What is it that you love about working with Beck?
He wasn’t someone that I’d have specifically chosen, but because he approached me for the Twilight song and it ended up being so much fun, I thought that he’d be a fantastic person to bounce ideas off and jam with and try out different instruments. I really like his openness. He’s very eclectic in his tastes and he’s got a fantastic knowledge of music and a great art background, which is something that’s important to me as well. I liked his set up where he had his studio at home with his family and it’s a very balanced existence. It was a home away from home and quite grounding and good for me when I was in the midst of making this record.
You’ve collaborated in your songwriting for the first time on ‘Laura’. Was that a difficult decision to make?
It was quite hard. I think I’ve always been quite snobbish about it in the past but I wanted to see what it was like to work with someone that would push me a little bit in a direction, and teach me something that I didn’t know already. I feel that it was really nice to be collaborating with Justin [Parker, who has also worked with Lana Del Rey]. I had a brief. I wanted to write a piano song that was harkening back to those old 70s ballads, with a middle eight and traditional structure. But I always like to put my own angle on it, so the dark subject matter or whatever came through. And together we navigated it and came up with something that still sounded very much like me. I think it turned out really well. I’m happy with that song.
Do you think you’ll collaborate on songwriting again? It sounds like a positive experience.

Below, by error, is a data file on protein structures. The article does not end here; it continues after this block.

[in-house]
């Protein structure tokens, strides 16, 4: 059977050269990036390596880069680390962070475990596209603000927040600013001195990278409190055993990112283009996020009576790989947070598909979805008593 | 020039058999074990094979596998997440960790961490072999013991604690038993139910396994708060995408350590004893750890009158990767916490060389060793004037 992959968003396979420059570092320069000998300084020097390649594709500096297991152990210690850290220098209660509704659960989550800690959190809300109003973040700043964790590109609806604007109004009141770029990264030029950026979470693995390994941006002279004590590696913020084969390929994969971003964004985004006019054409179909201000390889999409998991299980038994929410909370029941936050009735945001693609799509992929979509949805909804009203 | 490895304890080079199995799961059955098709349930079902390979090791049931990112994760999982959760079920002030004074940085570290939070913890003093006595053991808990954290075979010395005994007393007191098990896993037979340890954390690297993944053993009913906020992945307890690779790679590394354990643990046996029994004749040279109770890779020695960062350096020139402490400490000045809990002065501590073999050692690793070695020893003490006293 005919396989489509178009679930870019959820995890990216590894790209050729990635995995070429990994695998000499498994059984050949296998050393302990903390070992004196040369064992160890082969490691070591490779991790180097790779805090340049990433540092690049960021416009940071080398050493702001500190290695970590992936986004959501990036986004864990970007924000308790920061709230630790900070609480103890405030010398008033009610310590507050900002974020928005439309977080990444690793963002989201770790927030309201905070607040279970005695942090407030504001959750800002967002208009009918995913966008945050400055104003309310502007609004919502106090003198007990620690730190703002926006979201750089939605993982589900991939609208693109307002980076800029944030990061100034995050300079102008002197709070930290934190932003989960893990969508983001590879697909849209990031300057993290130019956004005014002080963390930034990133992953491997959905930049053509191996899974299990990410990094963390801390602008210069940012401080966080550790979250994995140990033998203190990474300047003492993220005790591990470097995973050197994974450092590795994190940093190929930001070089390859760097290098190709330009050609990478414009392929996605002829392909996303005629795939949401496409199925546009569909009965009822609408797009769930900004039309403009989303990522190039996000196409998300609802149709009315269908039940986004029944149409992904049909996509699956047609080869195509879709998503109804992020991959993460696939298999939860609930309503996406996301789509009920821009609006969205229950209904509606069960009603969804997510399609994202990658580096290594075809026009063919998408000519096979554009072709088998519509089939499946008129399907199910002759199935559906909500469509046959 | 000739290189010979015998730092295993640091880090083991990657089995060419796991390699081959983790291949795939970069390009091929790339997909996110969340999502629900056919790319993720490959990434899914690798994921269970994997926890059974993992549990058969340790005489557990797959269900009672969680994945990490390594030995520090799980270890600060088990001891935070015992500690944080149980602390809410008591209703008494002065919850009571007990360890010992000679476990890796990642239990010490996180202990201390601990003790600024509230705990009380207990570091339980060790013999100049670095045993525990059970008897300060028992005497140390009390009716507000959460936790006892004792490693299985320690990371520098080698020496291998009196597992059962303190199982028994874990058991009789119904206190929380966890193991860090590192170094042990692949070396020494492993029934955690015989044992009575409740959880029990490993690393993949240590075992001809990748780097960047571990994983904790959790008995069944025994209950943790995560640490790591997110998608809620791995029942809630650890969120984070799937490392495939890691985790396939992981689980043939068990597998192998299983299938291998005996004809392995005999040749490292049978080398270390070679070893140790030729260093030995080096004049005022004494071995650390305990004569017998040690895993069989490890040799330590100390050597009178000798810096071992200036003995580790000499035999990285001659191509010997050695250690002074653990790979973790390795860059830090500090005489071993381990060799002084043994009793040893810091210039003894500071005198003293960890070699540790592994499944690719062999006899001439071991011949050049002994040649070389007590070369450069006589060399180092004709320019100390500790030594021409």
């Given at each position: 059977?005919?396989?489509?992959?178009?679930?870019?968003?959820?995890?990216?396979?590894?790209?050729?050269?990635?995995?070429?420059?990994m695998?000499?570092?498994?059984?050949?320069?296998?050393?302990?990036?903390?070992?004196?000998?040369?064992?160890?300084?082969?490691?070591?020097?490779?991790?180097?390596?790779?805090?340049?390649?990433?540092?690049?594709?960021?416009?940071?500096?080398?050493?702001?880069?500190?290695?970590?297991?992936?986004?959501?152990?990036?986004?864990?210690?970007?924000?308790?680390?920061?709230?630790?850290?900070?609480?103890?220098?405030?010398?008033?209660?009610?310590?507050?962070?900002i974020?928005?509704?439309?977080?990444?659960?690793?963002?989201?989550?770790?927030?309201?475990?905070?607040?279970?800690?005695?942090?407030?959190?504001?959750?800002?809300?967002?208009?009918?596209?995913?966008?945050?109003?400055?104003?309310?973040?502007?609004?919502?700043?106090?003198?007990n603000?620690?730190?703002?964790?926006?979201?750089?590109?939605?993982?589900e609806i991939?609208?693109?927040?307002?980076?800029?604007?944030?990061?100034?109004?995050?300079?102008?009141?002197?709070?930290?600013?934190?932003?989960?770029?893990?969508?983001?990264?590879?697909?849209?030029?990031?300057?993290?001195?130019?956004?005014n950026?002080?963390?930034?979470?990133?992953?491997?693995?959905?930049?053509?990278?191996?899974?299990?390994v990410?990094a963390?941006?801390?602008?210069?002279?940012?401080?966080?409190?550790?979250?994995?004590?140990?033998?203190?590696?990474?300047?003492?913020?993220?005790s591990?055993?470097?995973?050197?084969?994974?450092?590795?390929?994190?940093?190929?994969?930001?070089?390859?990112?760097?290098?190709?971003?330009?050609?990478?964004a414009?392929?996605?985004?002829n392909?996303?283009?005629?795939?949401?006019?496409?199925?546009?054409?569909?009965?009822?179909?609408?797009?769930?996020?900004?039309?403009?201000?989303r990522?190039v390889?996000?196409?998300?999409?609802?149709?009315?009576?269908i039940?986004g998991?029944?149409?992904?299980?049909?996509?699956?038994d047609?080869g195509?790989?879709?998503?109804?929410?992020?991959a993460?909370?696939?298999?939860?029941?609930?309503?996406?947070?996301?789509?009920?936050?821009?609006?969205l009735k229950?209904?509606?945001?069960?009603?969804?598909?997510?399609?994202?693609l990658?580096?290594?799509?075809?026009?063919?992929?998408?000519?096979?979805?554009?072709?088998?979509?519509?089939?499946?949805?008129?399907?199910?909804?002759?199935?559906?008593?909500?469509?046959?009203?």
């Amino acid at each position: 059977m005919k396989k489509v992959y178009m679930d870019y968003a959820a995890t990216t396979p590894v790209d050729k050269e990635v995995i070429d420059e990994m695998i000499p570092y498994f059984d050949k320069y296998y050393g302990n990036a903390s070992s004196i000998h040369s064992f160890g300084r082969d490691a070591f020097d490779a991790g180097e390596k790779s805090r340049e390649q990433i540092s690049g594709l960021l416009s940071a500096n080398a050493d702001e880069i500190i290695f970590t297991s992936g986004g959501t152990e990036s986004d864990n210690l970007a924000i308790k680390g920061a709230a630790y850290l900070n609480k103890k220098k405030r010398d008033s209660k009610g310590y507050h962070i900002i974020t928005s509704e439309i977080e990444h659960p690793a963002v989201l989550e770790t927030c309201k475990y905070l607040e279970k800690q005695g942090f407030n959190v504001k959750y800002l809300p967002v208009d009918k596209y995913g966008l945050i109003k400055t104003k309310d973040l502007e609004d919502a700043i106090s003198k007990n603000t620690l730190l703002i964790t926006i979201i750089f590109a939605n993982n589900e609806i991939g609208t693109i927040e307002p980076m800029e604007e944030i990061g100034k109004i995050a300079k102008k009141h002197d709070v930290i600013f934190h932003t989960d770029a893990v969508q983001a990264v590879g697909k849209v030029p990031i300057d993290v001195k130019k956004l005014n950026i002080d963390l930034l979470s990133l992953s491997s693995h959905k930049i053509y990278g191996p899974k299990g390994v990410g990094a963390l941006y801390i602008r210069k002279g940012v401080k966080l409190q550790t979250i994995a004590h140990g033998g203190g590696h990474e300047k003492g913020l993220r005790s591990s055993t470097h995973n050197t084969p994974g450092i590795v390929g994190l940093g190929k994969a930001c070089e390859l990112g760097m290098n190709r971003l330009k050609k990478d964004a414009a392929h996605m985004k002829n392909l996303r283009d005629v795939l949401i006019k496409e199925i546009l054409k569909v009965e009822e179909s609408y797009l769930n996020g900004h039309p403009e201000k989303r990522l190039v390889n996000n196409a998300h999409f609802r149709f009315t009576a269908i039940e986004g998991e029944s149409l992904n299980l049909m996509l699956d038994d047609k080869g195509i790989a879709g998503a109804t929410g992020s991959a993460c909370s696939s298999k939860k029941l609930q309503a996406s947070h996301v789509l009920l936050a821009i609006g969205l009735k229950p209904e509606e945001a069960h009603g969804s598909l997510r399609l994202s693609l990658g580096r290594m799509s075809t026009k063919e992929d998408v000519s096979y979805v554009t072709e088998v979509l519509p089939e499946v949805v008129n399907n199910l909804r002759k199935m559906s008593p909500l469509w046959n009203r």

It was, but the whole emotional situation around that was quite challenging. There was a bit of a wrangle with the record company wanting me to write singles. I’m not sure how I’d feel about doing it again. I wouldn’t say it was the most comfortable situation I’ve been in but I think I made the best of something that was quite challenging. It turned out fine and it was lucky that it did. I’d have to wait and see what my reasons were for doing it again.
Do you feel that you’ve made a path through the writer’s block that you suffered on this album for the future, or does that still worry you?
I think that every time you get through an album, it’s almost like when women go through childbirth. The pain of it is so intense but once you have your beautiful baby nature makes you forget. Now that it’s done the memory of how difficult it was is fading and I’ve just got this beautiful thing that I’ve made. I think each time you start again it’s as intense. I think I’ve matured enough to realise that travelling all over the world and having tumultuous relationships and being sad doesn’t really help.
ALBUM: ‘The Haunted Man’ out now
LIVE: Dome, Sun 4th